Spiritual Warfare and Lent

Do you hear people talk about being under spiritual attack? We sometimes speak this way when the plumbing backs up before an important event. Or when we get sick or depressed.

But this Lent I remember that most often the devil attacks us with temptation to sin.

I don’t usually talk about warfare this way. Have you heard someone say lately, “I am tempted to gossip about my sister-in-law. Please pray for me; this is an attack!” or “I feel angry and want to turn people against my pastor. Is this warfare?”

I have a friend who attends AA meetings, and from the way she describes it I think recovering addicts are ahead of us here. They know when they are gripped by temptation and when they need help. They recognize this form of spiritual attack and hone their fighting skills.

But much of the church has lost something. We have separated our language of spiritual warfare from our language of temptation to sin.

Jesus in the Desert

After John baptized Jesus, the Holy Spirit led Jesus “into the desert to be tempted by the devil” (Matthew 4:1). Jesus fasted forty days and grew weak with hunger.

The devil recognized Jesus’s vulnerability and attacked. The war was on.

He enticed Jesus to self-sufficiency: “Turn these stones to bread.” He offered him an easy way to fame: “Jump from the temple and the people of Jerusalem will see the angels save you.” And he lured him with power and pleasure: “All the kingdoms of the world I will give to you.”

I picture the emaciated Jesus resisting these temptations with raw and beautiful spiritual strength. I love him.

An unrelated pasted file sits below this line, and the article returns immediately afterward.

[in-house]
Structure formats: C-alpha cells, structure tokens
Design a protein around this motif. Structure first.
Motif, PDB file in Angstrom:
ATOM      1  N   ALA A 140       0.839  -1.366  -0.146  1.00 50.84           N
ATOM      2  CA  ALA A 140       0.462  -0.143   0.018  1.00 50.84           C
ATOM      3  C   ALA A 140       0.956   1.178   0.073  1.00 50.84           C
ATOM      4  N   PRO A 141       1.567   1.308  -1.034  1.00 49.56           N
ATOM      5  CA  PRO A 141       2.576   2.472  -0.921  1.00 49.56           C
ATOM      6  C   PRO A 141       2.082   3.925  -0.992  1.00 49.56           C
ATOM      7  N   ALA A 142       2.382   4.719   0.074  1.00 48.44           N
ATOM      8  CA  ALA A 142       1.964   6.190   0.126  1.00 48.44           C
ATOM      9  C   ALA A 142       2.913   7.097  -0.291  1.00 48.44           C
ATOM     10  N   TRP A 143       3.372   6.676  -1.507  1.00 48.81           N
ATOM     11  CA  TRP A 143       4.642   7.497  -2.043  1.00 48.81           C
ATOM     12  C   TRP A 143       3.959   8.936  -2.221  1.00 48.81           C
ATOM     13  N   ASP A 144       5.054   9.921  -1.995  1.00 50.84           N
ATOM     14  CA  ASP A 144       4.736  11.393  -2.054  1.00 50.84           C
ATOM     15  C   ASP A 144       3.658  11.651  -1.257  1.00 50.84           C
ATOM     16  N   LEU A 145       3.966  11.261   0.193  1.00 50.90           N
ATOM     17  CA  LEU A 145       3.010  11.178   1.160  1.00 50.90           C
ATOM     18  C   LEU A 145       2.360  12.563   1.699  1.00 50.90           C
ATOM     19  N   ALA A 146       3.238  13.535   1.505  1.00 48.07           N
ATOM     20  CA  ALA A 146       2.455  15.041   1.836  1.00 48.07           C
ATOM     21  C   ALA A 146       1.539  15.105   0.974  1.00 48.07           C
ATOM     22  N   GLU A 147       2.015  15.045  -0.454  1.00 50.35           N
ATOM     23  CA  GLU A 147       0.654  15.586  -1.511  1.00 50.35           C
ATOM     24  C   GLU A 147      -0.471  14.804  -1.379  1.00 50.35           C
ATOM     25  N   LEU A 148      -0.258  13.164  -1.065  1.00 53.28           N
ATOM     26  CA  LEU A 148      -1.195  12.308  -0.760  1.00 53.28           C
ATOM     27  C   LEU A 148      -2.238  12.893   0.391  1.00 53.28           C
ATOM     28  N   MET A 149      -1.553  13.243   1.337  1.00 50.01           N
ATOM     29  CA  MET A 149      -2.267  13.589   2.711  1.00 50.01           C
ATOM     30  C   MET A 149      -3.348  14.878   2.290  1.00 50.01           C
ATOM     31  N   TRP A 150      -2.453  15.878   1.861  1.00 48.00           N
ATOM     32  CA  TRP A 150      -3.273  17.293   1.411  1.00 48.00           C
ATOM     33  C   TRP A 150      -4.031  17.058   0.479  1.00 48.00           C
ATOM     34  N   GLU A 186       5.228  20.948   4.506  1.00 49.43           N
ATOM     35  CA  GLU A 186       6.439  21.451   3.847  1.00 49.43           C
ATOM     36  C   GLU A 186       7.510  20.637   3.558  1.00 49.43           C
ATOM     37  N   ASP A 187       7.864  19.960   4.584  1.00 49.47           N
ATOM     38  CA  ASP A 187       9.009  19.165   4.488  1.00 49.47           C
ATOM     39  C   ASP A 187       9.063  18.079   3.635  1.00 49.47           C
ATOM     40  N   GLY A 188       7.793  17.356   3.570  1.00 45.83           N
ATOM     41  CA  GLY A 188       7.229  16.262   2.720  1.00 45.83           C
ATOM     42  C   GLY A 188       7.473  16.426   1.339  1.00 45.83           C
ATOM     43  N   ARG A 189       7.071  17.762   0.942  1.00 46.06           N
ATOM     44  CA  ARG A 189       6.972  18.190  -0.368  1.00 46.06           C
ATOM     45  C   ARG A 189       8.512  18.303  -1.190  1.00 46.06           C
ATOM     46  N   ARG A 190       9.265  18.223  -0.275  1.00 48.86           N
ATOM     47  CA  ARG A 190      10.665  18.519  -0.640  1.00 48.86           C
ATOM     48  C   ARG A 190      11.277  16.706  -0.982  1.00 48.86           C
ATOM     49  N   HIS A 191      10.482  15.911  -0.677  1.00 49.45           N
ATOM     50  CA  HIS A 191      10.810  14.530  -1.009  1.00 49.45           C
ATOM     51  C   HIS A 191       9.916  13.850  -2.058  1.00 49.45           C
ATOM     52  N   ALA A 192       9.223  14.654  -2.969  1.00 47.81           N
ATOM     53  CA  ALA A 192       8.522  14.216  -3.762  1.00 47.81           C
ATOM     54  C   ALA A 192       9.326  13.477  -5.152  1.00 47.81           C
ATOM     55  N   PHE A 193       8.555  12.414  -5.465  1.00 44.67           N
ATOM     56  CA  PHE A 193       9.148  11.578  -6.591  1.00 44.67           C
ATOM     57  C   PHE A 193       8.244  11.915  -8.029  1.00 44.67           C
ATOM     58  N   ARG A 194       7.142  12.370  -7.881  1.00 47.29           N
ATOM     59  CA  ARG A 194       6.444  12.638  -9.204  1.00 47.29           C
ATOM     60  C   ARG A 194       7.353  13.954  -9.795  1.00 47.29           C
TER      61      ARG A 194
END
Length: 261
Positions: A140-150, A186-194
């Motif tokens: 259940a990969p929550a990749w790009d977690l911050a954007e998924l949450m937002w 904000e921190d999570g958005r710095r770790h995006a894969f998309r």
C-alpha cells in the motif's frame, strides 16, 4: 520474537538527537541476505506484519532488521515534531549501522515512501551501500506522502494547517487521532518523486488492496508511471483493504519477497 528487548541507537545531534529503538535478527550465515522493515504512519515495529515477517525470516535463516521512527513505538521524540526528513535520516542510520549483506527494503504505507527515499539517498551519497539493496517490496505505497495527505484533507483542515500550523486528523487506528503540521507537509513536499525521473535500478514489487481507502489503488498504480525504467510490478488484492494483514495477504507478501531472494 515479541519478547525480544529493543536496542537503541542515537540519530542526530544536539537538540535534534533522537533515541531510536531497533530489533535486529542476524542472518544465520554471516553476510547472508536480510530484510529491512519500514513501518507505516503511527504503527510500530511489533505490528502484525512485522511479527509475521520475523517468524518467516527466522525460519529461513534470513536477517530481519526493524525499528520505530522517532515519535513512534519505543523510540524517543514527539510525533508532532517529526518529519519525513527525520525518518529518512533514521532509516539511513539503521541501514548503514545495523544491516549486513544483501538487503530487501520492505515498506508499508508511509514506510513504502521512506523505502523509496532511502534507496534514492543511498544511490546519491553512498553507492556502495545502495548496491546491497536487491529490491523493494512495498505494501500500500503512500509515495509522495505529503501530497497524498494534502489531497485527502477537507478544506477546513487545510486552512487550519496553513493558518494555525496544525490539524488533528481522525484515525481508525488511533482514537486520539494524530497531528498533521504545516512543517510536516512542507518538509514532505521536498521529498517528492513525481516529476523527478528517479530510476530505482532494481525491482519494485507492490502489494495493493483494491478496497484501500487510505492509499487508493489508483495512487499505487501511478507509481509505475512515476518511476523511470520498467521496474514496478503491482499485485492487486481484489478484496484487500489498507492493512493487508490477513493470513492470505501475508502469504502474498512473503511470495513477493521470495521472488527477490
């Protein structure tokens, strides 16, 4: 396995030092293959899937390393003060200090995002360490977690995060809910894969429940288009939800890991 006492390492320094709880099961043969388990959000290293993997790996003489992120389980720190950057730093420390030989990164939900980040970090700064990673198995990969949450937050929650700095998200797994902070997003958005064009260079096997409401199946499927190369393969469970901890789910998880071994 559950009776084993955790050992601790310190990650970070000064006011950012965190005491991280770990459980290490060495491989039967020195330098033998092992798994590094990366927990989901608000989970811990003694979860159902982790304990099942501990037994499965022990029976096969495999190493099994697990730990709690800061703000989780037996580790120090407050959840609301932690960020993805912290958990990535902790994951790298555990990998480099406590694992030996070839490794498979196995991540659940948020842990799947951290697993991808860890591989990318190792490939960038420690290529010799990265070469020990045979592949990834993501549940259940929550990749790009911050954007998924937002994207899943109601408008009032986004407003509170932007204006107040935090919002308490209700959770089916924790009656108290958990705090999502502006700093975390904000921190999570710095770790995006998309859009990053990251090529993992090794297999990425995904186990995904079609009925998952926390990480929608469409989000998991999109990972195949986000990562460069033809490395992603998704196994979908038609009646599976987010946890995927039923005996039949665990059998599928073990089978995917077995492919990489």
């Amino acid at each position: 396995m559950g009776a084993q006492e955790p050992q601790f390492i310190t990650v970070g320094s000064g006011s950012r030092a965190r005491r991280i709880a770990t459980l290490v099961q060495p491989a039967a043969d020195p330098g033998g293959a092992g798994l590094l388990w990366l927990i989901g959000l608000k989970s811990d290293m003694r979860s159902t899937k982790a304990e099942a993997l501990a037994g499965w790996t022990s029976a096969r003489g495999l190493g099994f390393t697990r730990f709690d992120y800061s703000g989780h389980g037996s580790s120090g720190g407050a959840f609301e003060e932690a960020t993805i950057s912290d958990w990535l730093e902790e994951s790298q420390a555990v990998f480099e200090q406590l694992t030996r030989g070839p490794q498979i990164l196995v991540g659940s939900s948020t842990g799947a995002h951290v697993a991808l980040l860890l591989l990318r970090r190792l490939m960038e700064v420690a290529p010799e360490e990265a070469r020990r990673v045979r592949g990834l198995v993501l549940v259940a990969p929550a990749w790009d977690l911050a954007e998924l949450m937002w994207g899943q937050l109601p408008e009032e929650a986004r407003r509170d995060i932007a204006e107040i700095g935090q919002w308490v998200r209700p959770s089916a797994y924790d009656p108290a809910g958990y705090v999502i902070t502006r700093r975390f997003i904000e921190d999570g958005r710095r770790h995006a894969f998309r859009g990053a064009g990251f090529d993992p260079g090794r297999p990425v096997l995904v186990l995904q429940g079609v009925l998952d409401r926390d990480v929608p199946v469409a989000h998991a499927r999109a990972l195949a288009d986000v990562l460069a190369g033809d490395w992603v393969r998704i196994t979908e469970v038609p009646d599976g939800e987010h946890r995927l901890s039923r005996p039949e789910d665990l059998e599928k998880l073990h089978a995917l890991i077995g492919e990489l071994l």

But we must not miss that this was a BATTLE. Resisting temptation to sin was hard for Jesus or this story is a joke. He clung to his Father’s words and fought with all his strength.

He shows us the fight we are born to fight. Will we let the devil drag us away into sin, or will we resist?

The Struggle Against Sin

Hebrews exhorts us to take heart from Jesus’ example of intimate spiritual warfare: “Consider him. . . so that you may not grow weary or fainthearted. In your struggle against sin you have not yet resisted to the point of shedding your blood”(Hebrews 12:4).

The author refers to another battle Jesus fought, in the Garden of Gesthemane. There Jesus fought the temptation to hit the eject button when he knew submission to his Father meant the cross. He fought so hard he sweated: “And being in an agony he prayed more earnestly; and his sweat became like great drops of blood falling down to the ground (Luke 22:44).

Thank God he won that battle with temptation.

So this Lent I am convicted, and I invite you to consider with me–how does the devil tempt you sin?

Recognizing this form of spiritual attack can invigorate us. Oswald Chambers knew this: “The old Puritan idea that the devil tempts men had this remarkable effect: it produced the man of iron who fought; the modern idea of blaming heredity or his circumstances produces the man who succumbs at once” (“The Quotable Oswald Chambers”).

Take heart! We have God’s promise that resistance works.: “Resist the devil, and he will flee from you” (James 4:7).

Let’s become Chambers’ men and women of iron. Let’s fight!

3 thoughts on “Spiritual Warfare and Lent

Add yours

  1. A late reply, but thanks Jasonna for bringing Spiritual warfare to this reality of personal involvement and for me to see temptation in a different way! Keep me on your blog! Neva O.

  2. Yes, fleeing from temptation or evil (like ~ get me out of here) empowers us. The battle is the Lord’s. He will conquer all his enemies and He will obtain the victory!

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